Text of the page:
Traumatic stress, of the kind many of us male survivors suffer, has the effect of distorting or rupturing our boundaries. This creates a loss of our sense of safety in relation to the world.
Another peculiar effect resulting from loss of accurate sense of bundaries is actual physical clumsiness and the tendency to hurt ourselves.
We often bump into objects even in familiar places
especially on the side of the body where somatic dissociation can be documented by
"nonphysiological signs;" ie near where a particular trama/abuse occured or a place we somehow dissociate with a traumatic event.
Man I do this a lot. I can even be looking at something and thinking about avoiding it and still
smack right into it!
"This increased risk in traffic probably is related to distraction resulting from dissociation
as well as suppression of attention and visual perception in regions of boundary rupture...often
identifiable as developing in the perceptual region where the [previous traumatic] threat was first identified."
No wonder I've had so many car accidents, even tho not my fault. While I was not really hurt in any except the last one (back sprain), every time I did as I look back at the ones I remember clearly have an increase in my various aches & pains, centered mostly in the back & neck.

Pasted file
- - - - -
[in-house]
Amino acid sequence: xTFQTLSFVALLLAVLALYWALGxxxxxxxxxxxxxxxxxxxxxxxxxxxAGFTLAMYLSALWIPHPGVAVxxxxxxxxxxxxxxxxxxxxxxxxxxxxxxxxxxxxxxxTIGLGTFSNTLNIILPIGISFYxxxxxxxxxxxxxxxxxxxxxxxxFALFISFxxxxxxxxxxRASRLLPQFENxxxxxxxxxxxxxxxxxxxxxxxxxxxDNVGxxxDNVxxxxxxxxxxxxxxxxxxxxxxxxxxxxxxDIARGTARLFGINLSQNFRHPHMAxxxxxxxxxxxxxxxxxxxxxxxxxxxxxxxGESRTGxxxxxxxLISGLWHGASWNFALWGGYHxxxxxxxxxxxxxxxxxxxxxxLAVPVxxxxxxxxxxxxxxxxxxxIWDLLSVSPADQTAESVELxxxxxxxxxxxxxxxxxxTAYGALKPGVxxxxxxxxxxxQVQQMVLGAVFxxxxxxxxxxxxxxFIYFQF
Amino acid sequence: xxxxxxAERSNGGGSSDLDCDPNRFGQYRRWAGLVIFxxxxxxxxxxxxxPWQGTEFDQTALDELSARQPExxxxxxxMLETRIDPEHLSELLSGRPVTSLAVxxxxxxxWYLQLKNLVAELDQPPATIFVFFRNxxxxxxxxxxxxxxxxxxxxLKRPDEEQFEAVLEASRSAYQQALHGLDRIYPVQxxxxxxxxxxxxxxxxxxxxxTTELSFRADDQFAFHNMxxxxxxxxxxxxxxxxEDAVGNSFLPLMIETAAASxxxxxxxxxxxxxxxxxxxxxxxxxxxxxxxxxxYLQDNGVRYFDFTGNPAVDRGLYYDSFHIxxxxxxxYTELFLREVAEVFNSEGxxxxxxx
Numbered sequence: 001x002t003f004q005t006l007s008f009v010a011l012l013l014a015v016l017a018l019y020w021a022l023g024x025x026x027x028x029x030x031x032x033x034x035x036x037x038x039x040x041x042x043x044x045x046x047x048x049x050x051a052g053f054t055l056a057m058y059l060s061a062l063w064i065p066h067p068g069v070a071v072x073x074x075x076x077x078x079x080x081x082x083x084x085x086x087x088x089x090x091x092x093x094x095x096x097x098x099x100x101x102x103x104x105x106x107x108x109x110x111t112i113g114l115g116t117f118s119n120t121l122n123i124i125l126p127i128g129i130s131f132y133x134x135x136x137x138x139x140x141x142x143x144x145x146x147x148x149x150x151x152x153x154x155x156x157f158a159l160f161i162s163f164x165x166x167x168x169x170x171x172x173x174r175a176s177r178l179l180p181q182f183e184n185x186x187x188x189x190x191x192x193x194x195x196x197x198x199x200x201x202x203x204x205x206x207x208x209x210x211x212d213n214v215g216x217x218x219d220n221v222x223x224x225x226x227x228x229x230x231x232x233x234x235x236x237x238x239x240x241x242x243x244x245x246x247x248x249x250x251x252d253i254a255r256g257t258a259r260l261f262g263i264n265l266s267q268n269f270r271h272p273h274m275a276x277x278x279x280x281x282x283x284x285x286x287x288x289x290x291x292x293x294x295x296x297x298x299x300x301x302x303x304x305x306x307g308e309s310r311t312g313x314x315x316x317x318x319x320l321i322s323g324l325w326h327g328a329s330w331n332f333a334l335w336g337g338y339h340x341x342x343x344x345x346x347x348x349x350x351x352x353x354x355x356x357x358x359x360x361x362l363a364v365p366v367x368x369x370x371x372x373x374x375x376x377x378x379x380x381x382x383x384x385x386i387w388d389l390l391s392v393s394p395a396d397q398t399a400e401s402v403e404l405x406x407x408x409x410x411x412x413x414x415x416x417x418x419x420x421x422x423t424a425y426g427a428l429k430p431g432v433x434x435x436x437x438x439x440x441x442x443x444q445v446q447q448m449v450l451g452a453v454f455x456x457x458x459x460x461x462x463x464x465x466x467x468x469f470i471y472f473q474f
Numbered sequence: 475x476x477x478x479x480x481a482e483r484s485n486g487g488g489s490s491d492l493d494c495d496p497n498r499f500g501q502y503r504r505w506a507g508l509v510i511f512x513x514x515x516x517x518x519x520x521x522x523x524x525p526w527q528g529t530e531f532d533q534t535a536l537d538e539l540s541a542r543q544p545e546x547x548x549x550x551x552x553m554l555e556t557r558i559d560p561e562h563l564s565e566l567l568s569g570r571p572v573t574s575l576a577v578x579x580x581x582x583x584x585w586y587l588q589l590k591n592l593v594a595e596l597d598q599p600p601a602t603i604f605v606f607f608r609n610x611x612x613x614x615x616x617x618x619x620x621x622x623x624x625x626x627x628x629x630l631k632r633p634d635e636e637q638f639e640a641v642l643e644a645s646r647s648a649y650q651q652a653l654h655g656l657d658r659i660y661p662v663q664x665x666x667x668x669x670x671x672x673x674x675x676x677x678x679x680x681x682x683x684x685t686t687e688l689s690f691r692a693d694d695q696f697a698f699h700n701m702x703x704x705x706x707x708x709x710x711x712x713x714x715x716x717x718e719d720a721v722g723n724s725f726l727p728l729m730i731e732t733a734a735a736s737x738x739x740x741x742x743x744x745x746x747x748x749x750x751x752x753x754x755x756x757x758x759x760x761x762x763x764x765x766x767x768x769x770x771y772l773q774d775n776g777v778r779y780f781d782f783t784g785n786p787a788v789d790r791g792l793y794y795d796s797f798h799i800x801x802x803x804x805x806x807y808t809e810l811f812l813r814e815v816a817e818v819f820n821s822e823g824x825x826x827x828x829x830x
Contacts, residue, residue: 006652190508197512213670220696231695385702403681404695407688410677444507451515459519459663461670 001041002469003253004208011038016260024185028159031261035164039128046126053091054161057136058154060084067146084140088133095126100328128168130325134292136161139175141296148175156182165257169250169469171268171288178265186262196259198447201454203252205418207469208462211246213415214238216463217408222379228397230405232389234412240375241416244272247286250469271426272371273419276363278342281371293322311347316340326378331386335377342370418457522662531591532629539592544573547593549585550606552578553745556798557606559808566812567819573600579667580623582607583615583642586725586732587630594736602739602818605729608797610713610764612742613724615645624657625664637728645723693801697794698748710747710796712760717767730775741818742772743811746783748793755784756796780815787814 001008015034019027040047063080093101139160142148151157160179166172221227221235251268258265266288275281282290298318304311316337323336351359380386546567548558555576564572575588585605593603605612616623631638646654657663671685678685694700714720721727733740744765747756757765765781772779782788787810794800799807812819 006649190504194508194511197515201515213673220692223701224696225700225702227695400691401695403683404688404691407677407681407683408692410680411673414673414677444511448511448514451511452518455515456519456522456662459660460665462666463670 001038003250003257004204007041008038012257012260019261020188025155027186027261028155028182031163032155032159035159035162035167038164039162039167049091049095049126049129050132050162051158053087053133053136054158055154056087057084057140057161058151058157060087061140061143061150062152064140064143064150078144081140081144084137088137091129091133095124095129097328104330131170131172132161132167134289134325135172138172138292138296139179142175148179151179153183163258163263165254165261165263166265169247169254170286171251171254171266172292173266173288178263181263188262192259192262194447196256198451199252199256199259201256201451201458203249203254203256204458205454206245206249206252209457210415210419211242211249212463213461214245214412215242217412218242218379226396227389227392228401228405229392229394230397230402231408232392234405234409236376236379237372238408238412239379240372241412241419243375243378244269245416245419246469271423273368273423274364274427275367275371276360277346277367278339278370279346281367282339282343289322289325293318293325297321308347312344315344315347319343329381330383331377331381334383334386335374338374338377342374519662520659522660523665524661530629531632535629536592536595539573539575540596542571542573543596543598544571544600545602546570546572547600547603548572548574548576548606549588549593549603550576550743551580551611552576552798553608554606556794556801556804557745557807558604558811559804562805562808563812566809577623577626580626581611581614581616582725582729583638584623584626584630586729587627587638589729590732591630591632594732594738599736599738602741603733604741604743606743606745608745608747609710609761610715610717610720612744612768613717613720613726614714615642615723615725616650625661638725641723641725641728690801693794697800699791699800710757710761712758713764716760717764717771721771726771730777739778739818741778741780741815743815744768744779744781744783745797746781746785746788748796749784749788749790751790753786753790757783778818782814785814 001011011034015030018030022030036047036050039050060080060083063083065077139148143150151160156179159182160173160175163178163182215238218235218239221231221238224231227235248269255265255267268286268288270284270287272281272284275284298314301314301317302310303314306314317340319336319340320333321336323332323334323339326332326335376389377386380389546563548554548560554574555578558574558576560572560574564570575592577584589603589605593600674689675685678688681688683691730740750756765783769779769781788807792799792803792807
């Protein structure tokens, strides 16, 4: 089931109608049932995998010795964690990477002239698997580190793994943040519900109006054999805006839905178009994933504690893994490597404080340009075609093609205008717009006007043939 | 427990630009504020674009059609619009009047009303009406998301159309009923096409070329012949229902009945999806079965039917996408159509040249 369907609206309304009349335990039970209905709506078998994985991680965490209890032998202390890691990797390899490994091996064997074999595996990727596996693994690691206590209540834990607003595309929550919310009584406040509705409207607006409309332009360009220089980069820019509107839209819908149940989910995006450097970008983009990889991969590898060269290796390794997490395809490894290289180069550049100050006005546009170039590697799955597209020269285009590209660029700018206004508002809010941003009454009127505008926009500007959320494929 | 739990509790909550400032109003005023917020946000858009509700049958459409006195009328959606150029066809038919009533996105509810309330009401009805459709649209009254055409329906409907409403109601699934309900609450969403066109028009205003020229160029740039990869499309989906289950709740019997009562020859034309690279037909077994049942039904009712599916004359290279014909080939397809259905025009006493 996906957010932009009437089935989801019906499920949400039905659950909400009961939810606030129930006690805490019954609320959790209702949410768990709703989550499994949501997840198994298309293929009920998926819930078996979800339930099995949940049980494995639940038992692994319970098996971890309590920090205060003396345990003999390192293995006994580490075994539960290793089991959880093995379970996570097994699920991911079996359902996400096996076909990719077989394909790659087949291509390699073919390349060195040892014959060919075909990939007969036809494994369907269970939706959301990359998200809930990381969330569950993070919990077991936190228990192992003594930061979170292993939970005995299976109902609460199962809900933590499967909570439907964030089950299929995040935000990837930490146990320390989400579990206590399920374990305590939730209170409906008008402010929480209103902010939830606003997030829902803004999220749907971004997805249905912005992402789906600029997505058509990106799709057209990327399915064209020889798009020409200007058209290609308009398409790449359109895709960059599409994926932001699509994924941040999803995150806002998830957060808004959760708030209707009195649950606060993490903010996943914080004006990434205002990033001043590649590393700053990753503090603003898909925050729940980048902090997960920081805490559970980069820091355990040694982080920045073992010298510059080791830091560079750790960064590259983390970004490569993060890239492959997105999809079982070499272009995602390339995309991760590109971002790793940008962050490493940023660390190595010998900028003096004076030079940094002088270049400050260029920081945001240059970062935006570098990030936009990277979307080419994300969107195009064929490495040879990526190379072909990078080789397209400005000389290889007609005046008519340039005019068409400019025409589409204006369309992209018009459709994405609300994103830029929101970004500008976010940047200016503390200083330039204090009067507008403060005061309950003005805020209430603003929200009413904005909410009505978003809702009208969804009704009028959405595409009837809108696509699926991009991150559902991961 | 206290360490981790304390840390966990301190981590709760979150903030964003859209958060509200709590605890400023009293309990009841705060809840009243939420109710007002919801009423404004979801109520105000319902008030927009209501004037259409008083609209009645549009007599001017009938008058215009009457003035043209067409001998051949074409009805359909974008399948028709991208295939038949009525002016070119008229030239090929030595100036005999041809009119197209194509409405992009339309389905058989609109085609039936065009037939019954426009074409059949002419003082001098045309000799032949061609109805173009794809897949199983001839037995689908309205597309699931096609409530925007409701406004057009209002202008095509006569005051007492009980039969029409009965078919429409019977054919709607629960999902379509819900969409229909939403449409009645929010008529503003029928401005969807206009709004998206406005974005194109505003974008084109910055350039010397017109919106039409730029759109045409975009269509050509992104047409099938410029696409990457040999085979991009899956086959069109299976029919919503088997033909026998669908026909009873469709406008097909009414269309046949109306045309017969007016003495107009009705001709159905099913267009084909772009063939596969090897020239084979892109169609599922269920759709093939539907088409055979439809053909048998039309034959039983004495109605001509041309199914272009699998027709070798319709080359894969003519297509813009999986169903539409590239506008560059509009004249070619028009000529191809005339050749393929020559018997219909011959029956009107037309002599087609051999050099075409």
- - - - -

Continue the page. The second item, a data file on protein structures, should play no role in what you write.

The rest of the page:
This is where most of my pain still is or is referred from. Not surprisingly, my neck & back are the source of some of my earliest physical traumas, which involved being roughly shaken back & forth until my back would bend & my head snap back, when I was still a baby.
It was after that last accident in 1993 that I began to develop the constant often severe pain I now know to be fibromyalgia, and a worsening of my depression that only recently has been dx'd as Complex PTSD due to abuse trauma.
I've always been a kinda clumsy awkward kid, but even more so in recent years.
However I find that as I continue in recovery, therapy & support, putting pieces of my life's puzzle like these together, I become less klutzy,
have stronger boundaries, and am much healthier.
But sometimes I'm still one of those things that goes bump in the day...
The above is excerpts along with some of my thots
& experiences on a book by Dr. Robert C. Scaer called "The Body Bears the Burden: Trauma, Dissociation, and Disease", Haworth Medical Press,
Highly recommended if you have any physical problems along with your abuse trauma. Even if you don't. Good stuff on sources & effects of trauma, and on dissociation.